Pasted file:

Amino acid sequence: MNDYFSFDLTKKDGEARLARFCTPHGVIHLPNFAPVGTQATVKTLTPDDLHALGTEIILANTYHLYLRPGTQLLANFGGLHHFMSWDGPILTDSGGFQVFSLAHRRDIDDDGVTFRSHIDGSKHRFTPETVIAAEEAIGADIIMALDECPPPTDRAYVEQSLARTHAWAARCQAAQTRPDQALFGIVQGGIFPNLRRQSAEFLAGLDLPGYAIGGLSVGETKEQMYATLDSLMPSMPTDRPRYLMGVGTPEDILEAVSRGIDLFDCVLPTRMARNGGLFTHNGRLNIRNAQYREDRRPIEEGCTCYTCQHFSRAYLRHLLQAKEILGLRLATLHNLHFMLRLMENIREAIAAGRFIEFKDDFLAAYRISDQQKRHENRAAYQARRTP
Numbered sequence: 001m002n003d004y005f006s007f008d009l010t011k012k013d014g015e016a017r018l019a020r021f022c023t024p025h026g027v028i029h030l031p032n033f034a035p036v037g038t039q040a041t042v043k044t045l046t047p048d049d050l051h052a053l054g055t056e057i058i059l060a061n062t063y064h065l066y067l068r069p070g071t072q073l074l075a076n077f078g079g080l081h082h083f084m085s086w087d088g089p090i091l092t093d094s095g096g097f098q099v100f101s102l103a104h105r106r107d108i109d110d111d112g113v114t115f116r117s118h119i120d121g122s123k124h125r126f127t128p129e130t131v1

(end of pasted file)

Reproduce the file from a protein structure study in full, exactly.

Amino acid sequence: MNDYFSFDLTKKDGEARLARFCTPHGVIHLPNFAPVGTQATVKTLTPDDLHALGTEIILANTYHLYLRPGTQLLANFGGLHHFMSWDGPILTDSGGFQVFSLAHRRDIDDDGVTFRSHIDGSKHRFTPETVIAAEEAIGADIIMALDECPPPTDRAYVEQSLARTHAWAARCQAAQTRPDQALFGIVQGGIFPNLRRQSAEFLAGLDLPGYAIGGLSVGETKEQMYATLDSLMPSMPTDRPRYLMGVGTPEDILEAVSRGIDLFDCVLPTRMARNGGLFTHNGRLNIRNAQYREDRRPIEEGCTCYTCQHFSRAYLRHLLQAKEILGLRLATLHNLHFMLRLMENIREAIAAGRFIEFKDDFLAAYRISDQQKRHENRAAYQARRTP
Numbered sequence: 001m002n003d004y005f006s007f008d009l010t011k012k013d014g015e016a017r018l019a020r021f022c023t024p025h026g027v028i029h030l031p032n033f034a035p036v037g038t039q040a041t042v043k044t045l046t047p048d049d050l051h052a053l054g055t056e057i058i059l060a061n062t063y064h065l066y067l068r069p070g071t072q073l074l075a076n077f078g079g080l081h082h083f084m085s086w087d088g089p090i091l092t093d094s095g096g097f098q099v100f101s102l103a104h105r106r107d108i109d110d111d112g113v114t115f116r117s118h119i120d121g122s123k124h125r126f127t128p129e130t131v1